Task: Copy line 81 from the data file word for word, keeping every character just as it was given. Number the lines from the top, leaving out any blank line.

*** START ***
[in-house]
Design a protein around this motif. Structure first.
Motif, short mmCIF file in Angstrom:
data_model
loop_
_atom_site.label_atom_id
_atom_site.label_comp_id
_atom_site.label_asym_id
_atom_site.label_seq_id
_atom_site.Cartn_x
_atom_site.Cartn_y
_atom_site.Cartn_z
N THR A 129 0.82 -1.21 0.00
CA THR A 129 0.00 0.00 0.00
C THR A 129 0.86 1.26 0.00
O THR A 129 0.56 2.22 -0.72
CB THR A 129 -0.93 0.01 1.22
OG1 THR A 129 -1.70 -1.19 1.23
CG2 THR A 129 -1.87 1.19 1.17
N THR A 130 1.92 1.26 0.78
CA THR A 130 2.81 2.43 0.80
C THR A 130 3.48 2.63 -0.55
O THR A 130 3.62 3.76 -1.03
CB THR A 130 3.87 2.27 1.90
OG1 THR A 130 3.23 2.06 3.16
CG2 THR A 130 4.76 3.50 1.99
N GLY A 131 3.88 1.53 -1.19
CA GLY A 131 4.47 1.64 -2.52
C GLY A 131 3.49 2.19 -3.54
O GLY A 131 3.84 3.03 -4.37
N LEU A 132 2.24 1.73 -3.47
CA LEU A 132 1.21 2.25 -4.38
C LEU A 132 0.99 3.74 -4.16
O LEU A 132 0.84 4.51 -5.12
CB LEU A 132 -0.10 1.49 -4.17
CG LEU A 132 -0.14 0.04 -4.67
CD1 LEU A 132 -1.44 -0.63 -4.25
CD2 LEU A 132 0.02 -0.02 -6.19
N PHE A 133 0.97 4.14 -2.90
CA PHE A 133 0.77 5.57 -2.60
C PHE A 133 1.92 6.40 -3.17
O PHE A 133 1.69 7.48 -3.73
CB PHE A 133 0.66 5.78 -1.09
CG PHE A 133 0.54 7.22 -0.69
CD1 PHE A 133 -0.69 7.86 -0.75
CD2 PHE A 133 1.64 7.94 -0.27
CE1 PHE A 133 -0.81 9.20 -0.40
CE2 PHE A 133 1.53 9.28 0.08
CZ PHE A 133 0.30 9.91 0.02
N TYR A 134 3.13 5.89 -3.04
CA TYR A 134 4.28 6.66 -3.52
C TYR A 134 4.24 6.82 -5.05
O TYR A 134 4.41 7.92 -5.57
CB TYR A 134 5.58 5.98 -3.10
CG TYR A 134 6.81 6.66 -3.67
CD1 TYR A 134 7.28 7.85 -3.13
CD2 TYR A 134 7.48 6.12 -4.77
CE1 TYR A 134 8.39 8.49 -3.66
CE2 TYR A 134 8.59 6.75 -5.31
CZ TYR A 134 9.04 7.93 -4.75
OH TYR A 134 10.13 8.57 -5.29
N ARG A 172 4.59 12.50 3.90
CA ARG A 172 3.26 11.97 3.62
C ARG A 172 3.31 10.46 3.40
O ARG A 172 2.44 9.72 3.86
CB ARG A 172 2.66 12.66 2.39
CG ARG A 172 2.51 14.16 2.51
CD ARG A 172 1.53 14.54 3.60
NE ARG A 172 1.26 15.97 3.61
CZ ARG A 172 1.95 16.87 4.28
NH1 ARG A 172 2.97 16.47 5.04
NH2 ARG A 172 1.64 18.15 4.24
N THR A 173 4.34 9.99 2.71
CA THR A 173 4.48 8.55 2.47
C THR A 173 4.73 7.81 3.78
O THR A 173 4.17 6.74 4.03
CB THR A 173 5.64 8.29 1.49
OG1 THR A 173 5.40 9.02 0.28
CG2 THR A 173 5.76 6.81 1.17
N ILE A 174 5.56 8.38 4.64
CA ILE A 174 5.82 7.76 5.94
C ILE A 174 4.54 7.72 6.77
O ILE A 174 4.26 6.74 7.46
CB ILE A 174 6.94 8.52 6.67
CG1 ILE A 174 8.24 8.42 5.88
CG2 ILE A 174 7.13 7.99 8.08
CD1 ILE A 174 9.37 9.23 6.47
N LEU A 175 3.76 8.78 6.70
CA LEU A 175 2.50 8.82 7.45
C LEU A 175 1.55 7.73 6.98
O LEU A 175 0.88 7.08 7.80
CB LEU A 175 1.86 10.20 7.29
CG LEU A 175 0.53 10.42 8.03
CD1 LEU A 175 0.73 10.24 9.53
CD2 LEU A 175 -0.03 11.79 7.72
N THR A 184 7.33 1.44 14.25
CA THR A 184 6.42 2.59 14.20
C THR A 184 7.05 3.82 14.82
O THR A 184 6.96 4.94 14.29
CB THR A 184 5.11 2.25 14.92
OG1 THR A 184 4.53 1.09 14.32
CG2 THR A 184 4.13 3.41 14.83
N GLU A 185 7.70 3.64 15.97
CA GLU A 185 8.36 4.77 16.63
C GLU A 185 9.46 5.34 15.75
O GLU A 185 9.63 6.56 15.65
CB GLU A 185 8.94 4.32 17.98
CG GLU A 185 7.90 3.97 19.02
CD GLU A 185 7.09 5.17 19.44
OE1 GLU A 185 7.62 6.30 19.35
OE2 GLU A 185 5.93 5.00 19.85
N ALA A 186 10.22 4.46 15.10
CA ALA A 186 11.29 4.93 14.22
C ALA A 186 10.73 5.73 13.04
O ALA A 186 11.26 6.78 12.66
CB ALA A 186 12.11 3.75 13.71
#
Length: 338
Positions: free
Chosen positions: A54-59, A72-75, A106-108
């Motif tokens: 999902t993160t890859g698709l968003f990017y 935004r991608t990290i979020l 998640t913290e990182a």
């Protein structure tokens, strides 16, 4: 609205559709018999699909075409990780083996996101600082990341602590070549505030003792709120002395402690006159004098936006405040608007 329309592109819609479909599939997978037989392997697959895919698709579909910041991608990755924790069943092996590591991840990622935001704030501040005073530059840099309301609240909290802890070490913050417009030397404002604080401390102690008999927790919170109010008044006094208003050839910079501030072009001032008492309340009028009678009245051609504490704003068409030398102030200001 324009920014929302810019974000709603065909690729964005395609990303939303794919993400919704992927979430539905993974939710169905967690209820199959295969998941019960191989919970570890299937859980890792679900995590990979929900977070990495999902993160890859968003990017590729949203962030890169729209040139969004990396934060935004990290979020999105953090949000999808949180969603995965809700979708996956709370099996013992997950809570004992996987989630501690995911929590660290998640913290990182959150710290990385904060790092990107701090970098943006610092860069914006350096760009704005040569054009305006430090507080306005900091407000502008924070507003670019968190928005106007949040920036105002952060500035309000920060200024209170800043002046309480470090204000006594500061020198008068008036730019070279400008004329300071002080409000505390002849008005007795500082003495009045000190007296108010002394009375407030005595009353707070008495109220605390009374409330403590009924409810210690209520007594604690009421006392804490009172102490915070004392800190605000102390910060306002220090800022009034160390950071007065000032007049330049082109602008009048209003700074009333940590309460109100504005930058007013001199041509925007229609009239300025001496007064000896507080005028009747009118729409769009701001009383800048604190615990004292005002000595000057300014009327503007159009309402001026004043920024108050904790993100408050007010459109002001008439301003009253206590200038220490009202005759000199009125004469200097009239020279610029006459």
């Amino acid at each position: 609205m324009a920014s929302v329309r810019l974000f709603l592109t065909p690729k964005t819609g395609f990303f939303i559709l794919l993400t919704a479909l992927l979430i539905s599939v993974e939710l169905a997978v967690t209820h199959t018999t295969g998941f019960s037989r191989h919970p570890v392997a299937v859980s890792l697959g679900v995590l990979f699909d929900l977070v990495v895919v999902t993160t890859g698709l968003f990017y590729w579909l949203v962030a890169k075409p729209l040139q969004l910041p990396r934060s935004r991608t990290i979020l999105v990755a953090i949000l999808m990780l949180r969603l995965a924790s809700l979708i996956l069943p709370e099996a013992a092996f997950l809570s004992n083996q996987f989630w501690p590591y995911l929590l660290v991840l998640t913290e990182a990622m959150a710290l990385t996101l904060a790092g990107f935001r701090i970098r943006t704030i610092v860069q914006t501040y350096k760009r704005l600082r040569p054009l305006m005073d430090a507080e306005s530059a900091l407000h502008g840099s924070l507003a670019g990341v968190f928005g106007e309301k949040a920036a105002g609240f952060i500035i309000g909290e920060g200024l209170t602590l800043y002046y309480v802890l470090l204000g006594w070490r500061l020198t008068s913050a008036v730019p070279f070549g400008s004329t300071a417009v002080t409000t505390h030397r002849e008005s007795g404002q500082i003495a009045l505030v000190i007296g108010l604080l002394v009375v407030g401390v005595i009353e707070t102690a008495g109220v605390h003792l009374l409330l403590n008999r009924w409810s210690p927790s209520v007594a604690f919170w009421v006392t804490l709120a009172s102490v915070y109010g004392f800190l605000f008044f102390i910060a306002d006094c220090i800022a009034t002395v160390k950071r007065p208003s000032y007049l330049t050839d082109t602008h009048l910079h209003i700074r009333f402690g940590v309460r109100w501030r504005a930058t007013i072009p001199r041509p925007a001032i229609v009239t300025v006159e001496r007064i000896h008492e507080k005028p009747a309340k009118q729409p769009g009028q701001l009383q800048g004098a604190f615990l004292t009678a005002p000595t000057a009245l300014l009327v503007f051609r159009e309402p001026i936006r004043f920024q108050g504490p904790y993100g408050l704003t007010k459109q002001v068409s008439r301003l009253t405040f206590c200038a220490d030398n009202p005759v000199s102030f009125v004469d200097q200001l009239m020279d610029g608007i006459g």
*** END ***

CA ILE A 174 5.82 7.76 5.94